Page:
The Treatment of Diabetic Gastroparesis With Botulinum Toxin Injection of the Pylorus

  1. Brian E. Lacy, PHD, MD1,
  2. Michael D. Crowell, PHD2,
  3. Ann Schettler-Duncan, RN2,
  4. Carole Mathis, PHD1 and
  5. Pankaj J. Pasricha, MD3
  1. 1Marvin M. Schuster Center for Digestive and Motility Disorders, Johns Hopkins University, School of Medicine, Baltimore, Maryland
  2. 2Novartis, East Hanover, New Jersey
  3. 3University of Texas at Galveston, Galveston, Texas
  1. Address correspondence and reprint requests to Brian E. Lacy, PhD, MD, Dartmouth-Hitchcock Medical Center, Section of Gastroenterology, 1 Medical Center Dr., Lebanon, NH 03756. E-mail: brian.lacy{at}


OBJECTIVE—Gastroparesis is a disorder of delayed gastric emptying that is often chronic in nature. Up to 50% of type 1 diabetic subjects have symptoms of gastroparesis, which include nausea, vomiting, and early satiety. Elevated pyloric pressures may be responsible for delayed gastric emptying in diabetic subjects. Botulinum toxin inhibits the release of acetylcholine and produces transient paralysis when injected into smooth muscle. The aim of this study was to determine whether injection of the pylorus with botulinum toxin in patients with diabetic gastroparesis improves symptoms of gastroparesis, alters gastric emptying scan time, and/or changes weight and insulin use.

RESEARCH DESIGN AND METHODS—This was an open-label trial with age- and sex-matched control subjects from a tertiary care referral center for patients with gastroparesis. Eight type 1 diabetic subjects (six women and two men; mean age 41 years; mean years with diabetes 25.3) who had failed standard therapy were enrolled. Intervention consisted of injection of the pylorus with 200 units of botulinum toxin during upper endoscopy. Symptoms, antropyloric manometry, gastric emptying scan times, weight, and insulin use were all recorded before intervention and during a 12-week follow-up period.

RESULTS—Seven of the eight patients completed the full 12-week follow-up period. No complications were noted. Mean symptom scores declined from 27 to 12.1 (P < 0.01), whereas the SF-36 physical functioning domain also improved (P < 0.05). Four patients noted an increase in insulin use of >5 units/day. Six of the seven patients gained weight (P = 0.05). Gastric emptying scan time improved in four patients.

CONCLUSIONS—Botulinum toxin injection of the pylorus is safe and improves symptoms in patients with diabetic gastroparesis. These results warrant further investigation with a large, double-blind, placebo-controlled trial.

Gastroparesis is a disorder of gastrointestinal motility defined as a delay in gastric emptying in the absence of mechanical obstruction. Common symptoms include early satiety, nausea, vomiting, anorexia, weight loss, and epigastric pain. Gastroparesis is a common problem in type 1 diabetic subjects (1,2), especially in the presence of hyperglycemia (3). Treatment options include erythromycin (4,5), metoclopramide (6), domperidone (7), and cisapride (8), although all of these medications have limitations. Pylorospasm is thought to be a contributing factor in the development of diabetic gastroparesis (9). Reports of intrapyloric botulinum toxin injection to relieve symptoms of gastroparesis (1014) prompted us to perform a trial in eight patients with severe diabetic gastroparesis who had failed standard therapy.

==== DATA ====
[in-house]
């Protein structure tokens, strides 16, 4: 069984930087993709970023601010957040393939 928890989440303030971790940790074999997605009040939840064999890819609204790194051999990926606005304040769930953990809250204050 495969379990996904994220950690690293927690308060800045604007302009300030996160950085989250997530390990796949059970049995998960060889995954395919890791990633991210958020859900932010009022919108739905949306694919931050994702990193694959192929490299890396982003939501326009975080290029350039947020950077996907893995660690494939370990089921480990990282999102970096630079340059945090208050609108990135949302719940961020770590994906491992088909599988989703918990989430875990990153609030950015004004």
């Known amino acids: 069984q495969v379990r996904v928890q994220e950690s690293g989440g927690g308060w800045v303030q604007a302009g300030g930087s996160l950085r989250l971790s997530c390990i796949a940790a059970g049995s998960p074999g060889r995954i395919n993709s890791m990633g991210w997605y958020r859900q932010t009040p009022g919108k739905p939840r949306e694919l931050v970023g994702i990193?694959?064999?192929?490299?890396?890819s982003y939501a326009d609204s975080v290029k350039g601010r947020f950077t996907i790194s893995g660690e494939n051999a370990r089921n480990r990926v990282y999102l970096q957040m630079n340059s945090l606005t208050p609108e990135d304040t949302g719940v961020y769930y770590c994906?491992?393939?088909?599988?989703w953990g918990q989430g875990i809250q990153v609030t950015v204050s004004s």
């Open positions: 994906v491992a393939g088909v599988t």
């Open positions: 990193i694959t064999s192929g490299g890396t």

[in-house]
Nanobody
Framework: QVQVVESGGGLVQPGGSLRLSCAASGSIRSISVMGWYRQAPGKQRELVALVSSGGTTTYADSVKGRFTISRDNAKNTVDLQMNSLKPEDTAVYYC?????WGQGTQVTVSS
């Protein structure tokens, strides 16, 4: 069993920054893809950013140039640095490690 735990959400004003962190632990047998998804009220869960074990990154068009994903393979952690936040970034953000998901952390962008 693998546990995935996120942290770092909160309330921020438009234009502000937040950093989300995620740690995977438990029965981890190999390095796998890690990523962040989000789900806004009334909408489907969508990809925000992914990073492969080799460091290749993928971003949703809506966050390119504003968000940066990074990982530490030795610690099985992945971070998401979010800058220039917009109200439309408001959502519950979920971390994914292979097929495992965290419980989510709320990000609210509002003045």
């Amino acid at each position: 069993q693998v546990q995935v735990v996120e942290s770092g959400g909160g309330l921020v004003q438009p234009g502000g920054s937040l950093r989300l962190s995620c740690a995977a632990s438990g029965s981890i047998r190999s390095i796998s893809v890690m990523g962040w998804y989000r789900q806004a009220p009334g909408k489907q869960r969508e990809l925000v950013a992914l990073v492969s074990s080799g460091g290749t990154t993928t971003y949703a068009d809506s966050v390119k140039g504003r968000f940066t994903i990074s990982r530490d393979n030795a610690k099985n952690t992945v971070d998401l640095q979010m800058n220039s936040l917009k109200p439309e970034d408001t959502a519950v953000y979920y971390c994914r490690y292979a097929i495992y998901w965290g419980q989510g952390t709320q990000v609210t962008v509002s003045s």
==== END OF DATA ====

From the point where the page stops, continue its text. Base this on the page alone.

The hypothesis was that elevated pyloric pressures delay gastric emptying, and thus transient paralysis of the pylorus should accelerate gastric emptying and improve symptoms of nausea and vomiting. Preliminary data from this study was presented in abstract form at the American College of Gastroenterology meetings in September 2000 (12).


Pylorospasm was first documented by comparing antropyloric manometry findings between diabetic patients and age- and sex-matched healthy volunteers. Pylorospasm was not present in any of the volunteers. Using a prospective, open-label design, diabetic patients with severe gastroparesis were treated with intrapyloric injections of botulinum toxin. Effectiveness was assessed by comparing symptoms, weight, insulin use, gastric emptying, and antropyloric manometry recordings at baseline and after botulinum toxin injection.

Eight patients with type 1 diabetes (six women and two men) were enrolled in this study. The mean age was 41 years (range 36–46), with a mean duration of diabetes of 25.3 years (range 10–40) and mean insulin use of 24.4 years (range 10–40). All patients had been referred to the Marvin M. Schuster Motility Center for further evaluation due to persistent symptoms of gastroparesis despite the use of standard medications. Mechanical obstruction had been ruled out in all patients by the referring physicians using a number of different tests (upper endoscopy [esophagogastroduodenoscopy], small bowel follow-through, and computed tomography scan of the abdomen and pelvis). A solid-phase gastric emptying scan was delayed in all eight patients.